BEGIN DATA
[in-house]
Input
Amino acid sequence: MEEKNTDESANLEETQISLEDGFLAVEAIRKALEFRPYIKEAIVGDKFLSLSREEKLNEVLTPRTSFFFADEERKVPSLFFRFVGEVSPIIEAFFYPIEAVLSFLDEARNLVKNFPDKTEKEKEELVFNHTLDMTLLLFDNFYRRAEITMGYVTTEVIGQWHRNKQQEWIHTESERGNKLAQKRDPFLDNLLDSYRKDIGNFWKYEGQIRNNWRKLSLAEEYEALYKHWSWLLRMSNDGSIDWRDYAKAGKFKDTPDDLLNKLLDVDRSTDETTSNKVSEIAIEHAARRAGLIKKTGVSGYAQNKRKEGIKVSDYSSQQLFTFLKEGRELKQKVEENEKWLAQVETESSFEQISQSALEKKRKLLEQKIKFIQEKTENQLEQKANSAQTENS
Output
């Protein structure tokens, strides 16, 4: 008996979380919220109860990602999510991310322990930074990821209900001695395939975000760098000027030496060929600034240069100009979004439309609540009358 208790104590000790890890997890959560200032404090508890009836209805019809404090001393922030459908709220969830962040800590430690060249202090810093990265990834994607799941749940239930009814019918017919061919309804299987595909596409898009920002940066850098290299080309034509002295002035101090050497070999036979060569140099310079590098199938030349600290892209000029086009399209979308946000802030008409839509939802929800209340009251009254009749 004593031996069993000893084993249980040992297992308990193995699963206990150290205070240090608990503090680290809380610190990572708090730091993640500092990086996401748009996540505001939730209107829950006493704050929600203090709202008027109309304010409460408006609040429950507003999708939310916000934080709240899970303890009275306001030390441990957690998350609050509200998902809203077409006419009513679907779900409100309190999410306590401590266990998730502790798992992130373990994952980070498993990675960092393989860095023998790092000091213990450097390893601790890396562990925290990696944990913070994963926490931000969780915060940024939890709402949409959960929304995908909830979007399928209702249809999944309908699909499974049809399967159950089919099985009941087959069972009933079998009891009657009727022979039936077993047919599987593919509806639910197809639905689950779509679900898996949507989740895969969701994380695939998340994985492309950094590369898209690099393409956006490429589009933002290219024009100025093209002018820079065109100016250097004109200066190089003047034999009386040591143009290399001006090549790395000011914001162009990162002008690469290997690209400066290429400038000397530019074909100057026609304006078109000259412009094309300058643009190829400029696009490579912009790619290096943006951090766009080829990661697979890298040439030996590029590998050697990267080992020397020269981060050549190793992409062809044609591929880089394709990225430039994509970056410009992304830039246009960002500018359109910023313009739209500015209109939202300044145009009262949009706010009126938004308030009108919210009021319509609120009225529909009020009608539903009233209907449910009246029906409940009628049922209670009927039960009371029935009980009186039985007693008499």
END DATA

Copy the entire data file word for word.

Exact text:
[in-house]
Input
Amino acid sequence: MEEKNTDESANLEETQISLEDGFLAVEAIRKALEFRPYIKEAIVGDKFLSLSREEKLNEVLTPRTSFFFADEERKVPSLFFRFVGEVSPIIEAFFYPIEAVLSFLDEARNLVKNFPDKTEKEKEELVFNHTLDMTLLLFDNFYRRAEITMGYVTTEVIGQWHRNKQQEWIHTESERGNKLAQKRDPFLDNLLDSYRKDIGNFWKYEGQIRNNWRKLSLAEEYEALYKHWSWLLRMSNDGSIDWRDYAKAGKFKDTPDDLLNKLLDVDRSTDETTSNKVSEIAIEHAARRAGLIKKTGVSGYAQNKRKEGIKVSDYSSQQLFTFLKEGRELKQKVEENEKWLAQVETESSFEQISQSALEKKRKLLEQKIKFIQEKTENQLEQKANSAQTENS
Output
């Protein structure tokens, strides 16, 4: 008996979380919220109860990602999510991310322990930074990821209900001695395939975000760098000027030496060929600034240069100009979004439309609540009358 208790104590000790890890997890959560200032404090508890009836209805019809404090001393922030459908709220969830962040800590430690060249202090810093990265990834994607799941749940239930009814019918017919061919309804299987595909596409898009920002940066850098290299080309034509002295002035101090050497070999036979060569140099310079590098199938030349600290892209000029086009399209979308946000802030008409839509939802929800209340009251009254009749 004593031996069993000893084993249980040992297992308990193995699963206990150290205070240090608990503090680290809380610190990572708090730091993640500092990086996401748009996540505001939730209107829950006493704050929600203090709202008027109309304010409460408006609040429950507003999708939310916000934080709240899970303890009275306001030390441990957690998350609050509200998902809203077409006419009513679907779900409100309190999410306590401590266990998730502790798992992130373990994952980070498993990675960092393989860095023998790092000091213990450097390893601790890396562990925290990696944990913070994963926490931000969780915060940024939890709402949409959960929304995908909830979007399928209702249809999944309908699909499974049809399967159950089919099985009941087959069972009933079998009891009657009727022979039936077993047919599987593919509806639910197809639905689950779509679900898996949507989740895969969701994380695939998340994985492309950094590369898209690099393409956006490429589009933002290219024009100025093209002018820079065109100016250097004109200066190089003047034999009386040591143009290399001006090549790395000011914001162009990162002008690469290997690209400066290429400038000397530019074909100057026609304006078109000259412009094309300058643009190829400029696009490579912009790619290096943006951090766009080829990661697979890298040439030996590029590998050697990267080992020397020269981060050549190793992409062809044609591929880089394709990225430039994509970056410009992304830039246009960002500018359109910023313009739209500015209109939202300044145009009262949009706010009126938004308030009108919210009021319509609120009225529909009020009608539903009233209907449910009246029906409940009628049922209670009927039960009371029935009980009186039985007693008499």